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[I-coordination] New: How do we dissect Internet governance? [Was: Europe at a tipping point?]

Hossam Elgamal hossam.el-gamal at
Tue Dec 17 08:40:36 CET 2013

Can we please just go back/forward to highlight sharper the purpose of 1net as conceived by the initiators, and try to agree on framing its mission... Many are new here coming from business, BA, civil society or Academia, so if we are able to reduce the high level divergence in expectations this would certainly help having a more forward-thinking discussion and constructive outcomes.

I hope this would sound reasonable.


Sent from my iPad

On Dec 17, 2013, at 7:51 AM, Jeremy Malcolm <jeremy at> wrote:

> On 17/12/13 08:45, George Sadowsky wrote:
>> The WGIG definition of Internet governance, the result of meetings in 2004-5, was the result of political compromise.  I think that it is not helping us here.  AS Brian says below, the notion of Internet governance mixes up too many things, and does not seem to be useful for addressing real issues.
>> Can we come up with a different vocabulary and a somewhat different structure that is much more consistent with our problem space, so that these different issues don't get confused (and yes, I understand that there may well be overlap between them)?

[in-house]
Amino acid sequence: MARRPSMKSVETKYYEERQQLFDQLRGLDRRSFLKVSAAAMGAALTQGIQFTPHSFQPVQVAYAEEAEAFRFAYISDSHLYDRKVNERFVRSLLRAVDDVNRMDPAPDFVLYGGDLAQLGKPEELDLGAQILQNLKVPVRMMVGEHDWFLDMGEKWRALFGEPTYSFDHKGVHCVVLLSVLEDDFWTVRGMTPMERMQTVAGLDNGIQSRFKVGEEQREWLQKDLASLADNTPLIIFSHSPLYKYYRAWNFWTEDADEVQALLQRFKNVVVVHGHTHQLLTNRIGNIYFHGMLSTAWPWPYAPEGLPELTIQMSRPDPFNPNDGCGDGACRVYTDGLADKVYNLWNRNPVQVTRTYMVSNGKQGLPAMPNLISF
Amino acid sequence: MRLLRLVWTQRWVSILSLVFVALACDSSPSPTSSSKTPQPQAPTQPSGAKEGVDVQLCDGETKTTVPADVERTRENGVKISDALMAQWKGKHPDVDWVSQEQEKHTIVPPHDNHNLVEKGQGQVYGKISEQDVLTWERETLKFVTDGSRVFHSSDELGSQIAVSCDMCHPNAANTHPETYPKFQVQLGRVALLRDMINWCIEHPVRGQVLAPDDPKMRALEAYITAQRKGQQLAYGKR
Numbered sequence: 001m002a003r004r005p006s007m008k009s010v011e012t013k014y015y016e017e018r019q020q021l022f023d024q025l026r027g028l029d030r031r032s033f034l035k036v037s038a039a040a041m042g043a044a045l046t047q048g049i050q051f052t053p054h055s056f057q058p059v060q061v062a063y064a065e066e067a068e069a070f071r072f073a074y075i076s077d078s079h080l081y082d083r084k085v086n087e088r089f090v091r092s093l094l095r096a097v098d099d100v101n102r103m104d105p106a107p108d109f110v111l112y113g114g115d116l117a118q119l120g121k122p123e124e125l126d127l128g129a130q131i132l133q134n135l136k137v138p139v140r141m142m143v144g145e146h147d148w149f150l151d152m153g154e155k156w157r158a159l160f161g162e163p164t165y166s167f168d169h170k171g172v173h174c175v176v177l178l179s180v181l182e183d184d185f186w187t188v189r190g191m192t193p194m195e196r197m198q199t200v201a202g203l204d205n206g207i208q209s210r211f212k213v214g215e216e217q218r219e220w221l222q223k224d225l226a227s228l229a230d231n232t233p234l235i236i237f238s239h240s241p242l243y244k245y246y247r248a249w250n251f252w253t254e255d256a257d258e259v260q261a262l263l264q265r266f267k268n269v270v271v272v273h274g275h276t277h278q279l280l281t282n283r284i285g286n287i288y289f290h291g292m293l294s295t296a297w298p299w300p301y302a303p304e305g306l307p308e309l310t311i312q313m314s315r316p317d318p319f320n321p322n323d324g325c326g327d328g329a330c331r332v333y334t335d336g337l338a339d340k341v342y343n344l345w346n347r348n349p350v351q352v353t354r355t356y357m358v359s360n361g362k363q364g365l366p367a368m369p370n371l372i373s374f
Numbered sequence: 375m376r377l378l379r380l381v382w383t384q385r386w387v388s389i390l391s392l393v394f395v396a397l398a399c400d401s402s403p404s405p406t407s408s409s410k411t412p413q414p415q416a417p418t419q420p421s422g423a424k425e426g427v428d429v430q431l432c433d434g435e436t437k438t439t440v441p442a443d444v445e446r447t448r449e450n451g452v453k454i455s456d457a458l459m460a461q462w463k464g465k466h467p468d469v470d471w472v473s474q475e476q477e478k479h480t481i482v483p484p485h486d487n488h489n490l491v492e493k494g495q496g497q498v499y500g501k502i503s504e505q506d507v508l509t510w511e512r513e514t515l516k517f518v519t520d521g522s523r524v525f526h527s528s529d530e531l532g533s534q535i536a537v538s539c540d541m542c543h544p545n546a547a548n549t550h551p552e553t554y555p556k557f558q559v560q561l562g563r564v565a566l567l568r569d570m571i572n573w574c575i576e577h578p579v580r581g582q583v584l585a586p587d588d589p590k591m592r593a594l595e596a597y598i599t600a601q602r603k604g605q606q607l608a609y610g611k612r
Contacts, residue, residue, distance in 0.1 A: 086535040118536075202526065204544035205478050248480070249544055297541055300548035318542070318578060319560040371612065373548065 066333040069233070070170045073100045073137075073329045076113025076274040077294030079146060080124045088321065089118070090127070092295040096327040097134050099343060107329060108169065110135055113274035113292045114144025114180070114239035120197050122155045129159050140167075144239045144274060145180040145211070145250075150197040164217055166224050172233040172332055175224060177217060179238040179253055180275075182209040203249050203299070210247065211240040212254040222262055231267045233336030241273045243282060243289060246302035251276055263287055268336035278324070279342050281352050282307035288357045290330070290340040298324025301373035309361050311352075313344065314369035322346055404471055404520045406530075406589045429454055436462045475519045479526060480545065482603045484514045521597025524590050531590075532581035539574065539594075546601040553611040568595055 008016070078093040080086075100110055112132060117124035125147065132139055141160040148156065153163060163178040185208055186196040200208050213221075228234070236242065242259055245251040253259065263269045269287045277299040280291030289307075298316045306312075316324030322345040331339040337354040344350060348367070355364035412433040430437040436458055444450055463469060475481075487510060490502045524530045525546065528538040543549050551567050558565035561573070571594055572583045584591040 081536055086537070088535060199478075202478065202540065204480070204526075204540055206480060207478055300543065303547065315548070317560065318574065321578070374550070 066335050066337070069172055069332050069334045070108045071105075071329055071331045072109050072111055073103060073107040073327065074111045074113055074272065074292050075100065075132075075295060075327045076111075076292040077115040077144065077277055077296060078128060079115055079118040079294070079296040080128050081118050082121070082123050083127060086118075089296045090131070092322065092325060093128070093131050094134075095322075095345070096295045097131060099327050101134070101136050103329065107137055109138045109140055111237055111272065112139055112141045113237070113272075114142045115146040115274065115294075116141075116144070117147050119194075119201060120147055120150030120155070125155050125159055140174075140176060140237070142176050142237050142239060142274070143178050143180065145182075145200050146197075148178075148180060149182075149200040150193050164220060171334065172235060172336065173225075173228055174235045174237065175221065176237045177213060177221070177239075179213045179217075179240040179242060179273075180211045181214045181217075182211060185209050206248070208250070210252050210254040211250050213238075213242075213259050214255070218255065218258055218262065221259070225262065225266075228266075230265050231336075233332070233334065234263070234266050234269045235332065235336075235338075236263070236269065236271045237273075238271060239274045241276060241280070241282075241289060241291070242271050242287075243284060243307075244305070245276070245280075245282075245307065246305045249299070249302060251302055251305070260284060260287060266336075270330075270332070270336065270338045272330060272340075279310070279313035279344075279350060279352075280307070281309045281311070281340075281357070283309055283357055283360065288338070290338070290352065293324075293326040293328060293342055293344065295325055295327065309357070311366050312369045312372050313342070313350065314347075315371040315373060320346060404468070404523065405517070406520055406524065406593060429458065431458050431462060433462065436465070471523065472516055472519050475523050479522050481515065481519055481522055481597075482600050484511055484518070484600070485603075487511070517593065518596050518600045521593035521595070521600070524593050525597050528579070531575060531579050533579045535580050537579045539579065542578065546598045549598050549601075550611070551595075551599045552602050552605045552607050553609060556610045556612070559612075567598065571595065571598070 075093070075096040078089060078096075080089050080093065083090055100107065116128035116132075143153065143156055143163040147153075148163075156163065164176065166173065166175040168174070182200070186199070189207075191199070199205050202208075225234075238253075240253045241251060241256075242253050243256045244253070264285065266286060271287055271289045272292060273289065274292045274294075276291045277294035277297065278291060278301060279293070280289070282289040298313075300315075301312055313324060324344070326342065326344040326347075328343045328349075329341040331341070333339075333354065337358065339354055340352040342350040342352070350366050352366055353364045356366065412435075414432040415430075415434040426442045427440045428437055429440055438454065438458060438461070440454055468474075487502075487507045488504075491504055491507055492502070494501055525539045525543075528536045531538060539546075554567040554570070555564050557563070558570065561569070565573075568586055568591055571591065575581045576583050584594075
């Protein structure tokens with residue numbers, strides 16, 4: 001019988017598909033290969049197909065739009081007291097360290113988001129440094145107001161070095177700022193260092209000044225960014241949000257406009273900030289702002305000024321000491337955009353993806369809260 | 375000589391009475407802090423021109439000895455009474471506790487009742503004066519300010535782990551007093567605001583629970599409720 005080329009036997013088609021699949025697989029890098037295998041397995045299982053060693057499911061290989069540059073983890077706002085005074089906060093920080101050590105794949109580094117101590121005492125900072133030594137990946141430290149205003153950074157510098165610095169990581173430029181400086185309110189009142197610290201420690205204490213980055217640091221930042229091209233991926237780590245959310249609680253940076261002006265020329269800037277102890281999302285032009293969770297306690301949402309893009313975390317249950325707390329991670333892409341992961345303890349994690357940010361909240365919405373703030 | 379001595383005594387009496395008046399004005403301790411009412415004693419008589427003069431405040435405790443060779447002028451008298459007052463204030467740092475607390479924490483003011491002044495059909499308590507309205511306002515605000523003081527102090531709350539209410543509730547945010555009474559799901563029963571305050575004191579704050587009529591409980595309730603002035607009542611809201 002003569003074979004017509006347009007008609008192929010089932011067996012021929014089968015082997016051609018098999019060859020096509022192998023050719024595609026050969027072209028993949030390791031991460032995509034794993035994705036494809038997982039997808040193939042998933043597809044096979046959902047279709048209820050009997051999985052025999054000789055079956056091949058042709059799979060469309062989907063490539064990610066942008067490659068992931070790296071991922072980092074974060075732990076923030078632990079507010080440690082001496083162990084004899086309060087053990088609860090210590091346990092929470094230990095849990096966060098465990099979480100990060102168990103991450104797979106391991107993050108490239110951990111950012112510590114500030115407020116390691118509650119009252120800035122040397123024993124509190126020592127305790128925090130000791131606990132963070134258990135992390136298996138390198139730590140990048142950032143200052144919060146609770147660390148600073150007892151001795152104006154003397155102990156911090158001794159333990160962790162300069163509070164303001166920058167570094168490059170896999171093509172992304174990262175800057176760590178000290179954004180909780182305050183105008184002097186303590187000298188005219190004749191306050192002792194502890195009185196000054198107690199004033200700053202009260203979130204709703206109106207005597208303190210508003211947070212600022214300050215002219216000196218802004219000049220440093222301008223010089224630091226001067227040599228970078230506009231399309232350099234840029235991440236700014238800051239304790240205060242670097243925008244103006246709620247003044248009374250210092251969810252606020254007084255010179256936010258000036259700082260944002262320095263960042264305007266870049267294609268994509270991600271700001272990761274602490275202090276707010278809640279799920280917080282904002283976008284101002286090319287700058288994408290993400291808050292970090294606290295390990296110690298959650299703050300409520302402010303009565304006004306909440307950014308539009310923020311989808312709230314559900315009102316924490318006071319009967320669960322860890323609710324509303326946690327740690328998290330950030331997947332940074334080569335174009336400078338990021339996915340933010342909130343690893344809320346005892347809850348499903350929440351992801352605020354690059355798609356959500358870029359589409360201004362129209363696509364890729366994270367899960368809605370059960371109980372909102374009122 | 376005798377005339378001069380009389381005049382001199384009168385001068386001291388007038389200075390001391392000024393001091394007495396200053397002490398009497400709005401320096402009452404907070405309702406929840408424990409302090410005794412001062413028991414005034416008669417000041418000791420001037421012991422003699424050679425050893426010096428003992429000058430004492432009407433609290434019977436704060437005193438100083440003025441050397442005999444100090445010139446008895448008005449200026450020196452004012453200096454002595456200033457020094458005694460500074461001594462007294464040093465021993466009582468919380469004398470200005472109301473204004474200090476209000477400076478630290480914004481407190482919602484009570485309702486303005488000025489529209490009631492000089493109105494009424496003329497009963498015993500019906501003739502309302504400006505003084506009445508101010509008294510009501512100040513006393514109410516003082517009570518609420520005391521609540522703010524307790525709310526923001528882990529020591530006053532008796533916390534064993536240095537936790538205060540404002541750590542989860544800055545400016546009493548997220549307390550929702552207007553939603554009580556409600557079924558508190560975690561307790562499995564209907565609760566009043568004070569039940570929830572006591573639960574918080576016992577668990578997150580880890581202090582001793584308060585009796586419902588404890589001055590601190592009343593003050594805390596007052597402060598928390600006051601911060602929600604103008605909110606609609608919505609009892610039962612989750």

>> Brian, can you suggest some appropriate vocabulary and/or taxonomy?
> The wording of the WGIG definition of Internet governance is almost identical to a widely cited definition of an international regime that has a considerable body of theory behind it.  So I would     hesitate to throw it out because it is unfamiliar or threatening to those who are more familiar with technical aspects of Internet governance.
> I also don't think that redefining the terms of the debate now, when governments and other stakeholders have already become comfortable with those terms and have been operating under them for years, is going to bring the stakeholders any closer together, if that is something that 1net is aiming to do.
> If the terminology does not fit well with the technical community's self-defined problem-space, or seems to extend to issues that you think are not "real issues", then maybe it is that that problem     space is too narrow, rather than that the terminology is inappropriate or that those broader issues are not real.
> -- 
> Dr Jeremy Malcolm
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